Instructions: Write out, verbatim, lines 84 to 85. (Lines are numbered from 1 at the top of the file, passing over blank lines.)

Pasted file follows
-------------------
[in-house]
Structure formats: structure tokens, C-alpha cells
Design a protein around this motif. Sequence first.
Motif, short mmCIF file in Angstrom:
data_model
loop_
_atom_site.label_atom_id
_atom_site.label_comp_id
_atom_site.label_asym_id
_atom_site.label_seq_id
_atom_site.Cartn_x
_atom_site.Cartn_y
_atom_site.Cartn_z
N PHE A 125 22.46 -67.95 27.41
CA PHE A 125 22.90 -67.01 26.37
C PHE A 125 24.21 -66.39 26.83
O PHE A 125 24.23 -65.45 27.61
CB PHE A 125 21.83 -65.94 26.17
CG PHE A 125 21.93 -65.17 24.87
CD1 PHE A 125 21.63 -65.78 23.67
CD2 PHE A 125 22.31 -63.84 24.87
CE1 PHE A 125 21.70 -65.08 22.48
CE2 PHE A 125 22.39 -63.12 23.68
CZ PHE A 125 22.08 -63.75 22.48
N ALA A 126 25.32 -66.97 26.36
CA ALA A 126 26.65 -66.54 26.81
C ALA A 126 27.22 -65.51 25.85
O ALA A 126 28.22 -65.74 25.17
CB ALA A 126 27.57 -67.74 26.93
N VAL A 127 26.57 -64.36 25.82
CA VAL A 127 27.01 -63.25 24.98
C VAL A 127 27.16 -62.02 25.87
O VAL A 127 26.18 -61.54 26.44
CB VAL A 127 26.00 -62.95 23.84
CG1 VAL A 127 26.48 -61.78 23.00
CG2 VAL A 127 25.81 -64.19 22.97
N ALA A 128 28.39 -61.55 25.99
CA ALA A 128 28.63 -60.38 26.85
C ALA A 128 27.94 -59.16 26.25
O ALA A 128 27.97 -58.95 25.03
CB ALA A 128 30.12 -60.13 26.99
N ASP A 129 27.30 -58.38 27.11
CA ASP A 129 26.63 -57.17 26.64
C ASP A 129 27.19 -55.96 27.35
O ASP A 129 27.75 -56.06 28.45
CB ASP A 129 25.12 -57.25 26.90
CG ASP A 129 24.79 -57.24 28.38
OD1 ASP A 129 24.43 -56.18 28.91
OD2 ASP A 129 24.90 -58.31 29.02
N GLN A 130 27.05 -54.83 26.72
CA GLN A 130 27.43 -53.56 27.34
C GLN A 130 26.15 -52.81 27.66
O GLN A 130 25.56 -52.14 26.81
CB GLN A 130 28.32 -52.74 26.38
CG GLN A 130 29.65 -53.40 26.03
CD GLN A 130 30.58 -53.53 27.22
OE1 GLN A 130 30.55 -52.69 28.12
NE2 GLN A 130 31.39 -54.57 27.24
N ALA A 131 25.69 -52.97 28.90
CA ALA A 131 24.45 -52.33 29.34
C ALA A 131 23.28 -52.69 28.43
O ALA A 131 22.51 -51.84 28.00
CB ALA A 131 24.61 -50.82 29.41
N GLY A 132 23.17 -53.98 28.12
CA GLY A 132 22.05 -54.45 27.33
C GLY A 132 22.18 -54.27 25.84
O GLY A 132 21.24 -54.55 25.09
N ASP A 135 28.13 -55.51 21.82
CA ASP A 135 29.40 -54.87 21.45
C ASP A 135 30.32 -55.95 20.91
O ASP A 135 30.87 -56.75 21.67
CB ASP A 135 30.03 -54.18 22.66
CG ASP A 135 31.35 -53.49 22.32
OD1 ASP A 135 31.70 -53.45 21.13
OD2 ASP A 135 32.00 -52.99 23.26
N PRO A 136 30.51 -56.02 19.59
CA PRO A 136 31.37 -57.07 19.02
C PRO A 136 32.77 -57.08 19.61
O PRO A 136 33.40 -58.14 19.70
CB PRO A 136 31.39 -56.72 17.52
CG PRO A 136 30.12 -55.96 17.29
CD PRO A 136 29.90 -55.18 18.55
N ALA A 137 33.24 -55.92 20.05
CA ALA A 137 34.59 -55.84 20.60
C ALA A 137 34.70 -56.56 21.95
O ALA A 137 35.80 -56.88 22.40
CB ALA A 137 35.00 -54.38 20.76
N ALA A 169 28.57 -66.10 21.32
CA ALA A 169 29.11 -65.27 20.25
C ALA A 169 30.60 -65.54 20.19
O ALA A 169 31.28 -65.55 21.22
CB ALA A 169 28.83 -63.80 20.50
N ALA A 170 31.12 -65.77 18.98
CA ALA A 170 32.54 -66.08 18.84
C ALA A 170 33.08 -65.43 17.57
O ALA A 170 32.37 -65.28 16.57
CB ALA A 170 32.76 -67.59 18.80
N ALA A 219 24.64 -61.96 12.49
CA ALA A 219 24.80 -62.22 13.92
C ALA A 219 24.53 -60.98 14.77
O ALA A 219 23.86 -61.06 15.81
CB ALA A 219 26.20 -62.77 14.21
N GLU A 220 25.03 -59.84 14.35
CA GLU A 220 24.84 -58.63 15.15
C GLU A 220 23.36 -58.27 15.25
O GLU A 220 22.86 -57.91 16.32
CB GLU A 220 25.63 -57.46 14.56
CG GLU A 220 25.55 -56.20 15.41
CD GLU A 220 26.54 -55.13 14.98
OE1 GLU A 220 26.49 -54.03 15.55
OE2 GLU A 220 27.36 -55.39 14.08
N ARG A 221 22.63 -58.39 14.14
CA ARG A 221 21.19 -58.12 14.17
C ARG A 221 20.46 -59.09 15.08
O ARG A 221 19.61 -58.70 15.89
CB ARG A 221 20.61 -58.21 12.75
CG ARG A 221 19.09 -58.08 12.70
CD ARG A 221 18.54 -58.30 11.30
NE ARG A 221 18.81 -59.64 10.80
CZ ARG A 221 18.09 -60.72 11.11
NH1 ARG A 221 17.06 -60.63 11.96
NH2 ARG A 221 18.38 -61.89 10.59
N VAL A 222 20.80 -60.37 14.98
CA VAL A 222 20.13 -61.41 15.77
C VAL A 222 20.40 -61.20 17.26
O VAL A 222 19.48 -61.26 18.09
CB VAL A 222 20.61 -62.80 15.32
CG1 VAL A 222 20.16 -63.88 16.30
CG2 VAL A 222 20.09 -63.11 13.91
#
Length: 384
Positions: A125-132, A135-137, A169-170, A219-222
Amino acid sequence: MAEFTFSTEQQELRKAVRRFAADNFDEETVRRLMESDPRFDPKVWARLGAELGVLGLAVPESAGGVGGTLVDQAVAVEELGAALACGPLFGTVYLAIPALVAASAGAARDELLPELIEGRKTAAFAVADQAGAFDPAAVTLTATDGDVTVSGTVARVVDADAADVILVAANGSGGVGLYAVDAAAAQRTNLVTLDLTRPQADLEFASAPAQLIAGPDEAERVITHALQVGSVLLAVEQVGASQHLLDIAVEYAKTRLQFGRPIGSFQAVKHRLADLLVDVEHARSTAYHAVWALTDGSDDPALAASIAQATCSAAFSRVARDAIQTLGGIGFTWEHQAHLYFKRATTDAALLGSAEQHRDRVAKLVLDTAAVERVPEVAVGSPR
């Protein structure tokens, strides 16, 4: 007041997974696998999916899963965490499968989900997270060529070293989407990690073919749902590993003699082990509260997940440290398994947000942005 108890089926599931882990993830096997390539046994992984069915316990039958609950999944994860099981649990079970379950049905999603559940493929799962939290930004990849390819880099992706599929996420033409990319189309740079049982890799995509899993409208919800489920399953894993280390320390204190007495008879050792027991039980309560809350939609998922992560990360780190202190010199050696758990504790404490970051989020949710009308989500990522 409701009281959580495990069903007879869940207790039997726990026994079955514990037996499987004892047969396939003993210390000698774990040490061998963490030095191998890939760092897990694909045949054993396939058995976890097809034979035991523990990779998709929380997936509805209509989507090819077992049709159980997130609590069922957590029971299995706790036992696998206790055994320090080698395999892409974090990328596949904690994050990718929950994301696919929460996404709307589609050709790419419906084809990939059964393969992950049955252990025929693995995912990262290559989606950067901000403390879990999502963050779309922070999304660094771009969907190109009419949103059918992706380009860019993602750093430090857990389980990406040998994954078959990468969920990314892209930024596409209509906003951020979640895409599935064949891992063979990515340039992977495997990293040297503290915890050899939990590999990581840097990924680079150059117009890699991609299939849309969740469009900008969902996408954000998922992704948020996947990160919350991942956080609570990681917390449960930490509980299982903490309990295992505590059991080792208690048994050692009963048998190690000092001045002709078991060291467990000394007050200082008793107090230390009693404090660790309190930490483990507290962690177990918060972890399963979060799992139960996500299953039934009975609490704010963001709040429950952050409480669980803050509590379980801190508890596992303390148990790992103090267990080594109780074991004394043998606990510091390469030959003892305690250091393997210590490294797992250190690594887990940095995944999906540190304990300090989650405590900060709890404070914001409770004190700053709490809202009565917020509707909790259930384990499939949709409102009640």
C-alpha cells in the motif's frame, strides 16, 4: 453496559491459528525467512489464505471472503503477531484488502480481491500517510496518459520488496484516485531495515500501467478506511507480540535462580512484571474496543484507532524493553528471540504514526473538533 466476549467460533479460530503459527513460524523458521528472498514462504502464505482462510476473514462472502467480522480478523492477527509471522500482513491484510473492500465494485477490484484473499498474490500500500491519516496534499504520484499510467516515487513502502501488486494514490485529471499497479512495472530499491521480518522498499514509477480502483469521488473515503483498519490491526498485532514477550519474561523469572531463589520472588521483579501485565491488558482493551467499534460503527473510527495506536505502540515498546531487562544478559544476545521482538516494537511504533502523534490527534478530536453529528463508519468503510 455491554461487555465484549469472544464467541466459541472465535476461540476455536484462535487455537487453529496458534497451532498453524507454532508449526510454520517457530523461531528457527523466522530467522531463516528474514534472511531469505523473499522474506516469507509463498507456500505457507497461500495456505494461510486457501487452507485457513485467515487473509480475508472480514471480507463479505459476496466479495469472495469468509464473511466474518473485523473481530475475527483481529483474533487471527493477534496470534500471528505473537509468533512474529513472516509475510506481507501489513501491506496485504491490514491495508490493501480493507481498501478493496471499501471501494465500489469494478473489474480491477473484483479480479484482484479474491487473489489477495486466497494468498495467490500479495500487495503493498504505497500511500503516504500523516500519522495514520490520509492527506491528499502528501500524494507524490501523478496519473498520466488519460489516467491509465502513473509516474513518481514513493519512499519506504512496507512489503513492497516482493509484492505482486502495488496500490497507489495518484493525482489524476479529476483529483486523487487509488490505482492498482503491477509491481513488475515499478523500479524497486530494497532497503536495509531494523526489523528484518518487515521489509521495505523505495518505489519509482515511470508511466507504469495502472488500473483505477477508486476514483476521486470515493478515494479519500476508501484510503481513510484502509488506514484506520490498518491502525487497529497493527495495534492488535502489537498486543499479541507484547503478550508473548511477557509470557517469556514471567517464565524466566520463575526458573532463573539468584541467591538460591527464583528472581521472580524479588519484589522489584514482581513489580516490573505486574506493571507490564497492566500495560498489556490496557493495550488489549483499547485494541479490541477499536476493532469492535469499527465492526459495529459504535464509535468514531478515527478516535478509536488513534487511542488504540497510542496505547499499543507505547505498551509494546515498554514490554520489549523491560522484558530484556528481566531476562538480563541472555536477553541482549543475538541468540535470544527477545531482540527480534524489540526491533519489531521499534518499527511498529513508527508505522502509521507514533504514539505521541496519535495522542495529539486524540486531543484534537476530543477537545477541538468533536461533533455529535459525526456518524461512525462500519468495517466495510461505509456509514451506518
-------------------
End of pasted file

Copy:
CA ALA A 137 34.59 -55.84 20.60
C ALA A 137 34.70 -56.56 21.95